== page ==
Trooper David Jones told Carolina News on a ride-a-long that it’s better to educate six thousand people on safe driving than to write one thousand speeding tickets.
In South Carolina so far this year 507 people have died on the roads, compared to the 556 people this time last year.
The South Carolina Department of Public Safety will participate in a campaign July 15-23 to help lower the rate of speed-related fatalities and collisions in the state.
The campaign, Operation Southern Shield, was started in 2017 by the National Traffic Safety Administration Region 4, which includes Georgia, Alabama, Florida and Tennessee.
The week-long campaign will make for a higher police presence on roadways during hours that officials say there is a higher chance of speed-related accidents. Officers will place units along rural roads known to have speed-related accidents.
In South Carolina, over 45,000 speed-related accidents were reported in 2017, and of all fatal collisions reported, 38 percent were speed-related.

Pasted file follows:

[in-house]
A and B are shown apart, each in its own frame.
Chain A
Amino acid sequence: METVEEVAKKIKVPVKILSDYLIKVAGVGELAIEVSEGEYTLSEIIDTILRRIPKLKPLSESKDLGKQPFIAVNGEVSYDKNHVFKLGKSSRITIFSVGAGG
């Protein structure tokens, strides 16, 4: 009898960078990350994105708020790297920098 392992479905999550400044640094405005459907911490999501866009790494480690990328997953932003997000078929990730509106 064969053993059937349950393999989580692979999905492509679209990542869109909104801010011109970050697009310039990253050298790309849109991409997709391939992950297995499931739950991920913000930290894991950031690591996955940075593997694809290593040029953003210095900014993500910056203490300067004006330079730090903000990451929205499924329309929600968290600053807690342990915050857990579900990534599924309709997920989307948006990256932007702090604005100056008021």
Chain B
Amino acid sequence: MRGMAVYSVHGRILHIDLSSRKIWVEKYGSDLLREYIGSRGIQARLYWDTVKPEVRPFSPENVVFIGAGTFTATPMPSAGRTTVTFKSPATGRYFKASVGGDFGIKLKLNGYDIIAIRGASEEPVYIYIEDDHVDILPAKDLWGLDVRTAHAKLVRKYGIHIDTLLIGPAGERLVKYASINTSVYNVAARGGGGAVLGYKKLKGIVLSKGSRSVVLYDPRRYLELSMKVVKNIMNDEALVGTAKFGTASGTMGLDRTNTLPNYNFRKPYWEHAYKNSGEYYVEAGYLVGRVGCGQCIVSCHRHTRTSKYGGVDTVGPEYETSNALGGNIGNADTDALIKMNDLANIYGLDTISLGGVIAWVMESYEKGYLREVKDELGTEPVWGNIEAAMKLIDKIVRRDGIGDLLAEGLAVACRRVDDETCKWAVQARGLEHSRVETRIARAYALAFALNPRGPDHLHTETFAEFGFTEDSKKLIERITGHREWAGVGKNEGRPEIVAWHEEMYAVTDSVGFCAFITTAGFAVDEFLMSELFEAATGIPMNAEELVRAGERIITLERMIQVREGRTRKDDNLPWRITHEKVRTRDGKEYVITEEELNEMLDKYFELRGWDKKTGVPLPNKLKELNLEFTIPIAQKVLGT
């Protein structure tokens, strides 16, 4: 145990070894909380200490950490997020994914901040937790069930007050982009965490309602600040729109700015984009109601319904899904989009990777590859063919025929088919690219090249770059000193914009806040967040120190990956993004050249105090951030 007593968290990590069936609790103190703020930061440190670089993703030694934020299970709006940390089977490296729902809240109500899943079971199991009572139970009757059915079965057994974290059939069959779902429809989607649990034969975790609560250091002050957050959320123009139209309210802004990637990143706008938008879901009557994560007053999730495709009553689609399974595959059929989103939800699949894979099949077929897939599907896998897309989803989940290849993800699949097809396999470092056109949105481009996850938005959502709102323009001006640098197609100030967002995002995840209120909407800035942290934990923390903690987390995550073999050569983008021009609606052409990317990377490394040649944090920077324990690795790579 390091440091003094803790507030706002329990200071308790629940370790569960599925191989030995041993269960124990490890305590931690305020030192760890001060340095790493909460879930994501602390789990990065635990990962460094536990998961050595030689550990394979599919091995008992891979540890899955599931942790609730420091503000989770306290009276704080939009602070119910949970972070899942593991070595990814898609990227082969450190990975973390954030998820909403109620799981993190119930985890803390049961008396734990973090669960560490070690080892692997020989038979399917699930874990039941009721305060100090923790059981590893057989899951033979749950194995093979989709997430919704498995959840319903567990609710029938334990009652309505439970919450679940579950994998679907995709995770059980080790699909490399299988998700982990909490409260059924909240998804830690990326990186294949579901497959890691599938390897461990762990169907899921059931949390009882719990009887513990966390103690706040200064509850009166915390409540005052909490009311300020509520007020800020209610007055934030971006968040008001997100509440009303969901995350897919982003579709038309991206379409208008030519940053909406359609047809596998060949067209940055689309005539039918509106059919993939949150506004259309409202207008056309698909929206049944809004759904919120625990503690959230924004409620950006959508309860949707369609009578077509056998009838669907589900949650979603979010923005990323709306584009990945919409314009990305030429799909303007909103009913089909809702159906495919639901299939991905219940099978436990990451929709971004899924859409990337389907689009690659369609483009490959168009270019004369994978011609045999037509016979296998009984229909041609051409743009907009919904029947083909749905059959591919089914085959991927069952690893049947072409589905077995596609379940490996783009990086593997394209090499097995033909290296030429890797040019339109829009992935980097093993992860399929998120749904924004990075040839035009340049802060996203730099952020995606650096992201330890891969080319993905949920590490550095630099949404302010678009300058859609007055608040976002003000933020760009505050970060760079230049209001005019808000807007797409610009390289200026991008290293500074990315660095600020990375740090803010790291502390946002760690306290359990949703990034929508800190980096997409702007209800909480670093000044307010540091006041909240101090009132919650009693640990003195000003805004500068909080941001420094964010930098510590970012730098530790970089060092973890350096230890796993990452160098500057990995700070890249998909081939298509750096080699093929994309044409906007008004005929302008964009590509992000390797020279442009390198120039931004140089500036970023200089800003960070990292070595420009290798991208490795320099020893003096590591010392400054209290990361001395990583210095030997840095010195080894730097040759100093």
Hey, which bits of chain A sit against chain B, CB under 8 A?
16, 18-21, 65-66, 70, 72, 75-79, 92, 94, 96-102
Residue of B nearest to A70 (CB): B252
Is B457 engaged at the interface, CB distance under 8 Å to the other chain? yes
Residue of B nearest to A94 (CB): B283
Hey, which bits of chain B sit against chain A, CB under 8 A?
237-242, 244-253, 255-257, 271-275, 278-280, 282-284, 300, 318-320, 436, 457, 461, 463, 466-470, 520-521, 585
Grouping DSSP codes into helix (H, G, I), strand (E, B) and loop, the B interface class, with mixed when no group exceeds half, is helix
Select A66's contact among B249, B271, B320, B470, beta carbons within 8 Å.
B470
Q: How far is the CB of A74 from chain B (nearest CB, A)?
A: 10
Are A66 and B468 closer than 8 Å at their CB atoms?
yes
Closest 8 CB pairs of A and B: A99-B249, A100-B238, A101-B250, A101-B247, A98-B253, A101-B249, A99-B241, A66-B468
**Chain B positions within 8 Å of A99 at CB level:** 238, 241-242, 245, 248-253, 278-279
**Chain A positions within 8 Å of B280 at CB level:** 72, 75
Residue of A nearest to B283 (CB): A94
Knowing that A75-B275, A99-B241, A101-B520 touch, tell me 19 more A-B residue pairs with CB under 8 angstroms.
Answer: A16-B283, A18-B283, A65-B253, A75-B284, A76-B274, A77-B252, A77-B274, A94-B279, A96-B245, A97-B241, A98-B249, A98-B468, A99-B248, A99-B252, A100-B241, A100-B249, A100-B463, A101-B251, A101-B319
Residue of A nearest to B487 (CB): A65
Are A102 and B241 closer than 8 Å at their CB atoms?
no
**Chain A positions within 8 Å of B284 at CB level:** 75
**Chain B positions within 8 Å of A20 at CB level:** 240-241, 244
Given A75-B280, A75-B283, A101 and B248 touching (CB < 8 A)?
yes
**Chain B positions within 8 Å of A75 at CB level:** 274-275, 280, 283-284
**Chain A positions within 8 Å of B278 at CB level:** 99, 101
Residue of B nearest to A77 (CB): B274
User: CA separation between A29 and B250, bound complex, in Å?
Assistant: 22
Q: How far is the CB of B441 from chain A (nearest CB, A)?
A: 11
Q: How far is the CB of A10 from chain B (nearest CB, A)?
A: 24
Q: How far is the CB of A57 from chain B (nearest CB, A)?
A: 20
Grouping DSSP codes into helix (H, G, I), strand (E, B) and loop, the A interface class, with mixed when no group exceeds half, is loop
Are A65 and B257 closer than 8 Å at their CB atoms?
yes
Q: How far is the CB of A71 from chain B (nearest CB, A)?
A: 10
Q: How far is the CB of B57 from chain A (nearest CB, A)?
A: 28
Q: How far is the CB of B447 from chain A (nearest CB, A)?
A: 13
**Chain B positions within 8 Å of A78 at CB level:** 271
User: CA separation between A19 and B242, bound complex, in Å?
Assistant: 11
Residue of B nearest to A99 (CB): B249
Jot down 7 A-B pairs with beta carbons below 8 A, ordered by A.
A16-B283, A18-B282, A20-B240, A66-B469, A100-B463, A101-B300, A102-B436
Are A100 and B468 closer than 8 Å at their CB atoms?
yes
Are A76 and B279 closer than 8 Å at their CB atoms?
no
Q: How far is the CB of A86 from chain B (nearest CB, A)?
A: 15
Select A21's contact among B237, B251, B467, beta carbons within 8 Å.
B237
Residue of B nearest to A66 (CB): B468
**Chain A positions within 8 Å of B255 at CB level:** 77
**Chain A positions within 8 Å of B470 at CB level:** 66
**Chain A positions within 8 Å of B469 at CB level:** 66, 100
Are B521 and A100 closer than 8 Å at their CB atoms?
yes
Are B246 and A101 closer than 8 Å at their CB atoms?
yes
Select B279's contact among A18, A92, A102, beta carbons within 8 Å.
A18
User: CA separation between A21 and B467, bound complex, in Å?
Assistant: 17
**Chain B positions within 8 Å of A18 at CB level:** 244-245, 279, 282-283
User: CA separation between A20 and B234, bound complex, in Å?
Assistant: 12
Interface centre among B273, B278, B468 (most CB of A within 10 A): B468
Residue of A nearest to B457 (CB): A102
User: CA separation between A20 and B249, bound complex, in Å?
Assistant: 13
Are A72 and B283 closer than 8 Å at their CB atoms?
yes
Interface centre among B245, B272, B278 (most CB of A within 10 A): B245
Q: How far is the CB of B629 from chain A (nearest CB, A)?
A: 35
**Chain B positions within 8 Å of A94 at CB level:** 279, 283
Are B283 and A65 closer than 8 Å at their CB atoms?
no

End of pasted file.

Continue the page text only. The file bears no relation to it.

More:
According to the Department of Public Safety, statistics following the campaign last year showed a reduction in roadway deaths, from 21 deaths during a comparable week in 2016 to only 16 in 2017 during that same week.
South Carolina Highway Patrol Lance Cpl. David Jones said the campaign is aimed at enforcing laws to help stop unsafe driving. However, Jones said he believes education is the most important thing he can offer.
“My hope and goal is through education people will understand the importance of driving safe,” Jones said.
To Jones, enforcing the law is important, but more important, he said, is a that could be saved by taking steps to ensure safe driving on the road.
“It isn’t about the ticket. It isn’t about the money. It’s about saving lives and it’s about not having to knock on the door to notify a loved one,” Jones said.
According to the NTSA Region 4, the campaign runs during the summer because it is a heavy travel period and the rate of accidents resulting in injury or death is higher than any other time of the year.
Some drivers are noticing the increased police presence. One such driver was a Charleston violin teacher, Samantha Clark, who has seen more troopers on the highway as she travels this summer.
“I think people drive safer when the police are around or they’re more aware of their surroundings,” Clark said. “So it’s good I think.”
South Carolina is one of five Southeastern states participating in the campaign.
South Carolina Highway Patrol will join Georgia State Patrol at a press event for Operation Southern Shield at 11 a.m. on Thursday, July 19, at Georgia I-95 Welcome Center in Savannah.